Bremmer had a similar message. “The Americans have been most effective at not making this our problem, and you’re going to see more of that going forward from European governments,” Bremmer told Mic.

We need to make it our problem.”

With all due respect to Messrs. Miliband and Bremmer, I think you could find a number of people hanging around in San Bernardino or Philadelphia who think that it’s already our problem in a very big way. When you begin by arguing against things like biometric testing of “refugees” you are working from an assumption that you’re dealing with people yearning to be free who want to immerse themselves in the great melting pot. The situations that the EU nations are dealing with today would seem to argue against that premise. There’s a vast difference between bringing in new citizens who want to integrate into your culture and importing hordes of people who want to bring their culture with them.

Germany, for example, is wrestling with just that question today. In an excellent piece for Yahoo, Mathilde Richter studies the question of trying to integrate the Syrian arrivals into rural, farming communities rather than the big cities. Some German leaders seem to see this as a more promising path, but they’ve run into trouble there as well.

“The rural regions are a laboratory of integration,” said Karl-Friedrich Thoene from the infrastructure and agriculture ministry of the eastern state of Thuringia.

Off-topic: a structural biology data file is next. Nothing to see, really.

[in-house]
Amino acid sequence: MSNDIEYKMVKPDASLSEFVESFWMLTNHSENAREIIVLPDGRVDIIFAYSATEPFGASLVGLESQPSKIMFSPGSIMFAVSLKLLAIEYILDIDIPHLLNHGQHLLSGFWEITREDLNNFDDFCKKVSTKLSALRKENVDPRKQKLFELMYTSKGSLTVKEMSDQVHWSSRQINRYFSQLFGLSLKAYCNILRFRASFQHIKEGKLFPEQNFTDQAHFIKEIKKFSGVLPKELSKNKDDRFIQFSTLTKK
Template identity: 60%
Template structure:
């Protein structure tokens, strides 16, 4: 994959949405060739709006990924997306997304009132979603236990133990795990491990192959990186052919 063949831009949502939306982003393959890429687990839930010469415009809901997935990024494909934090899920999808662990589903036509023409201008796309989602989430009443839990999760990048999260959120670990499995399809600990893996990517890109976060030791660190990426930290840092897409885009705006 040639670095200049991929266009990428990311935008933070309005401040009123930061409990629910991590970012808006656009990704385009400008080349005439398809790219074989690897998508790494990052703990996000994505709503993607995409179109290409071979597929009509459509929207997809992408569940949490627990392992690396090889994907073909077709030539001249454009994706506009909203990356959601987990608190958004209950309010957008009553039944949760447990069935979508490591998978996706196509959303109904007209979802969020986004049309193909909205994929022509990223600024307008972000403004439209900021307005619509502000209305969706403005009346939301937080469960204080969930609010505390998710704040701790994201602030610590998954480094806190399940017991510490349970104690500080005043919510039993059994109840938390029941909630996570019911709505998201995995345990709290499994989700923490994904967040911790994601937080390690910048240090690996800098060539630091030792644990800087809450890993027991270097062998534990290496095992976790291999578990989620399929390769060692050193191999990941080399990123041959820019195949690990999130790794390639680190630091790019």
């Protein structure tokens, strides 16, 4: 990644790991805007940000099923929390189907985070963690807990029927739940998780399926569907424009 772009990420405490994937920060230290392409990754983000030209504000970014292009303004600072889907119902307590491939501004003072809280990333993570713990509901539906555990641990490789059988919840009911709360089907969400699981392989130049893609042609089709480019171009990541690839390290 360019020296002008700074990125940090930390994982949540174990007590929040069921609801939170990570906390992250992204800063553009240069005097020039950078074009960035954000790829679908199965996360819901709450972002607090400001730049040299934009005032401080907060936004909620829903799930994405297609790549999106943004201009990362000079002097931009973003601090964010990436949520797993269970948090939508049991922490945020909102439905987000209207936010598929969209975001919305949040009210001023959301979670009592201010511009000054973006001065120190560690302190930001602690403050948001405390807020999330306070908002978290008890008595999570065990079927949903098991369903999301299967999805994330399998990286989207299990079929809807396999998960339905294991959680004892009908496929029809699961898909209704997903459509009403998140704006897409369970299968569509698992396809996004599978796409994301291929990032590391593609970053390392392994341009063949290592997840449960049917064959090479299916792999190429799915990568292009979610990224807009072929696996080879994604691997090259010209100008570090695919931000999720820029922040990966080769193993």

Unlike in densely populated big cities, “there can be no parallel societies in rural areas,” he said. “The village community is the ideal chance for integration.”

The lower cost of living, cheaper rents and tight-knit communities in the countryside are main “factors of success” for integrating the newcomers, said Gudrun Kirchhoff, an expert on refugee issues at the German Institute of Urban Affairs.

That all sounds great in theory, as I said above, but it relies entirely on the immigrants actually being interested in taking on the culture of their new homes. As the article goes on to point out, that’s frequently not the case, leading to all manner of friction. And I would argue that the potential negative impact of a swarm of squatters from a foreign culture is actually greater in a remote village of only four or five thousand people. At least in the major cities you have a more significant military and law enforcement presence on call when trouble erupts. Not so in a farm town where a few local constables on foot patrol may be the only available help for fifty miles or more.

The challenges presented by the flood of immigrants from these war torn regions do cry out for solutions. But while I credit Bremmer and others for at least talking about the problem, their fingers seem to be pointing in the wrong directions. The only way to shut down this flood is to cut it off at the source and that will require ending the wars taking place in their homeland and imposing some sense of order, by force if necessary.